New ways to build skills, careers

We must “re-think, re-design and re-connect” career education, argues “New Approaches to Acquiring Skills and Building Careers in a 21st Century Global Job Market” by Mitch Rosin, editorial director at McGraw-Hill Education, and Barbara Bolin, president of the National Organization for Career Credentialing.

The stigma against vocational education has lead to a 70 percent decrease in federal funding for workforce development from 1994 to 2010, the authors write. Yet the percentage of jobs described as “skilled” continues to increase, rising from 15 percent of all jobs in the 1950s to 85 percent of jobs today. In a recent survey, 61 percent of employers report being unable to fill many job openings because of poor applicant skills, notes Bolin.

The Obama administration is funding the Community College and Career Training Grant Program and trying to connect local employers with community colleges. However, community colleges aren’t prepared to handle the increasing demand for low-cost education and job training.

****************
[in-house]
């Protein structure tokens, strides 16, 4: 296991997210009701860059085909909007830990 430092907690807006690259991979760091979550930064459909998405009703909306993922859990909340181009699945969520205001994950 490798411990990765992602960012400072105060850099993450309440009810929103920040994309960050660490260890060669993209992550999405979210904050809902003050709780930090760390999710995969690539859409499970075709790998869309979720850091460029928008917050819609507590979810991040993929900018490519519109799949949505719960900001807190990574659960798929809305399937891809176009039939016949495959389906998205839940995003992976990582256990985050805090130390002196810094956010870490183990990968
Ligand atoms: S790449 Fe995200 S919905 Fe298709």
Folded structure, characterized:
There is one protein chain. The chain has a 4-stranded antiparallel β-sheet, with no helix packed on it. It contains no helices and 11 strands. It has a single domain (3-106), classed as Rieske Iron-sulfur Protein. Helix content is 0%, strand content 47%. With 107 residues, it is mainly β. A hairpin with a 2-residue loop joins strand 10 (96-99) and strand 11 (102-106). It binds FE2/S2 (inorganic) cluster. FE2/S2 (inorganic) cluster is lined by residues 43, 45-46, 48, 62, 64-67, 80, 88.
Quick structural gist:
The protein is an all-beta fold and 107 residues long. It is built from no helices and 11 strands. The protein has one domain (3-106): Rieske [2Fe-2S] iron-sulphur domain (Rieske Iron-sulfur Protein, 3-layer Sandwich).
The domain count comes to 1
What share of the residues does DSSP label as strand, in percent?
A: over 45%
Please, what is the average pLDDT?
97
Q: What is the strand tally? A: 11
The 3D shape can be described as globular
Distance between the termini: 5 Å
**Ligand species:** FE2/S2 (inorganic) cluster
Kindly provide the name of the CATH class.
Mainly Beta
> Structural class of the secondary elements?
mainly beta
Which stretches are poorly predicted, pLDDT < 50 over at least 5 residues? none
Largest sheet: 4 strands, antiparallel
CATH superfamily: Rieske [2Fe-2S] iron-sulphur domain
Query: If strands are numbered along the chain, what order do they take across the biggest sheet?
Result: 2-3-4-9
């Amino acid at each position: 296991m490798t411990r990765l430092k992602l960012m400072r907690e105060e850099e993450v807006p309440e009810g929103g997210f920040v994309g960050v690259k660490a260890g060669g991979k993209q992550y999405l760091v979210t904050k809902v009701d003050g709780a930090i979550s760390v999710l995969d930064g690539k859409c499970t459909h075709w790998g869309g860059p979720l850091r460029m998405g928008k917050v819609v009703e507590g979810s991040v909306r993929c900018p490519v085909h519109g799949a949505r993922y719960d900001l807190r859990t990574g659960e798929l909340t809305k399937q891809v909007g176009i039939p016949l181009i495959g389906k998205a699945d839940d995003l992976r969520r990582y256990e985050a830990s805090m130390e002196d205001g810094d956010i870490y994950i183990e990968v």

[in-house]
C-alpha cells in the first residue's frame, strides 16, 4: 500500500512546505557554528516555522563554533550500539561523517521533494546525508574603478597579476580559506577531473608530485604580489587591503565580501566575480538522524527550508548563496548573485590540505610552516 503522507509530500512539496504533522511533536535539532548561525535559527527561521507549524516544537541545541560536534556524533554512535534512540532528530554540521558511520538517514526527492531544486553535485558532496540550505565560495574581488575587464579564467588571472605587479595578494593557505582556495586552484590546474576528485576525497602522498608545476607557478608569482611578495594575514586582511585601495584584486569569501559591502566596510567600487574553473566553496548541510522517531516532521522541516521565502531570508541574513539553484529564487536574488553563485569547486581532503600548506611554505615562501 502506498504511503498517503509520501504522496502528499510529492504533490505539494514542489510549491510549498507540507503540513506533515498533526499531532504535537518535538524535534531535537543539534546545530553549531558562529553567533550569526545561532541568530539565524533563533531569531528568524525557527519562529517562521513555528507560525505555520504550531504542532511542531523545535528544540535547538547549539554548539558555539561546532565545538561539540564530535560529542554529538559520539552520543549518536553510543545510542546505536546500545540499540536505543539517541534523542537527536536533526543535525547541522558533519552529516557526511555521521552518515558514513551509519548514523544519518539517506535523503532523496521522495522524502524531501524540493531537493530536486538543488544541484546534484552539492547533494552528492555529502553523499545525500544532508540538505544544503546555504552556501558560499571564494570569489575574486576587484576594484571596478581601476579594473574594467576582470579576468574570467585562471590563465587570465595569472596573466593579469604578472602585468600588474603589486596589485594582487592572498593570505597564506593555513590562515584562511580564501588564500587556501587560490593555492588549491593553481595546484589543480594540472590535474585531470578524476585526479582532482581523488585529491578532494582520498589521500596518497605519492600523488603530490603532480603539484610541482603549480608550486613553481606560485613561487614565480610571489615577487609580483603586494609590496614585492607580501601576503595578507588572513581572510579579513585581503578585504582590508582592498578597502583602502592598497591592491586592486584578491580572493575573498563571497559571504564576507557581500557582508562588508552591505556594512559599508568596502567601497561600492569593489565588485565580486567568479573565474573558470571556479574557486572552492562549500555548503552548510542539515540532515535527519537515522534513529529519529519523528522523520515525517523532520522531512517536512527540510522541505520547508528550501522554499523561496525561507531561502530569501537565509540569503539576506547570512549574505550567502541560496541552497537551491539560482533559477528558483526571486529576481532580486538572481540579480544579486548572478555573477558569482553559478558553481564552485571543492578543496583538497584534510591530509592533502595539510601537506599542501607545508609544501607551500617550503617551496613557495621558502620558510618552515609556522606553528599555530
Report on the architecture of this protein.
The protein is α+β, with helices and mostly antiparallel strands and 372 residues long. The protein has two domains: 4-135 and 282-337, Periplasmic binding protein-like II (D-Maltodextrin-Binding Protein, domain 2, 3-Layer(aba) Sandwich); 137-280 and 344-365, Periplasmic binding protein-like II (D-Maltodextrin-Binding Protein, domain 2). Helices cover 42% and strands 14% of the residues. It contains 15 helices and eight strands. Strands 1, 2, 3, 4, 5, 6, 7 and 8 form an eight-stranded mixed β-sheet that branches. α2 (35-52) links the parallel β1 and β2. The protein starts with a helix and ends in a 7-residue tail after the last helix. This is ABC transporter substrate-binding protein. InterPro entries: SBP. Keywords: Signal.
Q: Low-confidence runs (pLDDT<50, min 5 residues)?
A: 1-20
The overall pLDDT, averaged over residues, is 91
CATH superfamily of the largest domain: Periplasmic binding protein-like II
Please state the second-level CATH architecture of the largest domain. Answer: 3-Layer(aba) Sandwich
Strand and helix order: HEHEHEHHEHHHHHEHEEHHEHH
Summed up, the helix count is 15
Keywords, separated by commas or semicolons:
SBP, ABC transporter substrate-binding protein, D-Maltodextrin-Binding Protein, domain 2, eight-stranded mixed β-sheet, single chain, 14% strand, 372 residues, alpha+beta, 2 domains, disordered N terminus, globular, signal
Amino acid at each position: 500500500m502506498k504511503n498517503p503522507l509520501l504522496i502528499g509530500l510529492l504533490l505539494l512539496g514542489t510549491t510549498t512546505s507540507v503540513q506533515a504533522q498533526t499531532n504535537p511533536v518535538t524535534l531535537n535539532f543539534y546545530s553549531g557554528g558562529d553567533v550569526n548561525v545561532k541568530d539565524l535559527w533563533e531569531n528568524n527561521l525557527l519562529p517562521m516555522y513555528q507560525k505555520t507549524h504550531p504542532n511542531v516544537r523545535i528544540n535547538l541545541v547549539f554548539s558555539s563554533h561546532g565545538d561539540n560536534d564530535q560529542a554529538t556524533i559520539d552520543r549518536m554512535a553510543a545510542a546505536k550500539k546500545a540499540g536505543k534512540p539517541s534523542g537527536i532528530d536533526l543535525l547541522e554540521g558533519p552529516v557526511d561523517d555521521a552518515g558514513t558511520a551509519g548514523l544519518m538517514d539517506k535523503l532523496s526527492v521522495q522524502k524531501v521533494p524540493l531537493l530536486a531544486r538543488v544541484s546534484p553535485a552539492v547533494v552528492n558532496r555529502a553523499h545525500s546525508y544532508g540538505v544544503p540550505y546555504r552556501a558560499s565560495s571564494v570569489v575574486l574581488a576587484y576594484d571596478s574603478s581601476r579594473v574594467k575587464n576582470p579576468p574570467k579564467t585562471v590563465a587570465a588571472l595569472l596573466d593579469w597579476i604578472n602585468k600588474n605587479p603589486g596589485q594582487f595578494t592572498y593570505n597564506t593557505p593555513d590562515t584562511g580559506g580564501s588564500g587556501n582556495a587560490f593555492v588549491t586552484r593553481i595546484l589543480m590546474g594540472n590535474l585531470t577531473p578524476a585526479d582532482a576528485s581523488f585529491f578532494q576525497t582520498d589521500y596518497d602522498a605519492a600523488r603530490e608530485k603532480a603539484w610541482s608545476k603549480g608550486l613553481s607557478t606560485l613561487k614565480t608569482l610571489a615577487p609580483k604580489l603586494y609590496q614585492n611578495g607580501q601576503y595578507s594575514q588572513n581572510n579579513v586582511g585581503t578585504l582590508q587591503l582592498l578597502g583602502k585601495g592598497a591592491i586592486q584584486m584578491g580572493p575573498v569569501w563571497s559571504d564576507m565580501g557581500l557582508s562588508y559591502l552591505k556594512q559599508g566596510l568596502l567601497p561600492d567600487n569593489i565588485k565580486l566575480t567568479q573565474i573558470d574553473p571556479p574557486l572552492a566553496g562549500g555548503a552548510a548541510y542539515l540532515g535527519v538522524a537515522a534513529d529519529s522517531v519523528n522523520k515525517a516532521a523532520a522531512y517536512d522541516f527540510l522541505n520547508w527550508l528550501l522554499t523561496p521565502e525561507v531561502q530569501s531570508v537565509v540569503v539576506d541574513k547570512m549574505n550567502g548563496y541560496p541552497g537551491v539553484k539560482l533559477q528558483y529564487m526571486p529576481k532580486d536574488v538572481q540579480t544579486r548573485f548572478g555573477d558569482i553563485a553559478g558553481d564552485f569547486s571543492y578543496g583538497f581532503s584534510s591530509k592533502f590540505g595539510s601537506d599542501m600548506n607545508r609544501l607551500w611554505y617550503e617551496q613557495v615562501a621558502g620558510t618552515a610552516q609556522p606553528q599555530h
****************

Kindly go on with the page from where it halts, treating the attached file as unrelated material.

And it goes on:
The report recommends:

  • Sector-based job training programs (sometimes called bridge programs) that focus on training applicants for particular industries while stressing both academic and career education;
  • The Career Readiness Certificate, a standardized  skills credential that is universally recognized, portable, and transferable between industry sectors; when combined with an academic credential such as a high school diploma or GED, it provides a foundation upon which people can build their careers;
  • Reinvention of the GED test to become more standardized and academically rigorous;
  • A greater investment in community colleges to expand enrollment and enhance resources and infrastructure; and
  • Providing greater access to online learning and resources that benefit adult learners and have shown to increase the number of U.S. job-seekers with GED credentials, post-secondary degrees and other professional credentials.
  • The report also recommends tools to help job-seekers decide on their career paths, such as McGraw-Hill Education’s Contemporary Workforce Connects, which “helps learners acquire the specific skills they need to qualify for specific jobs.”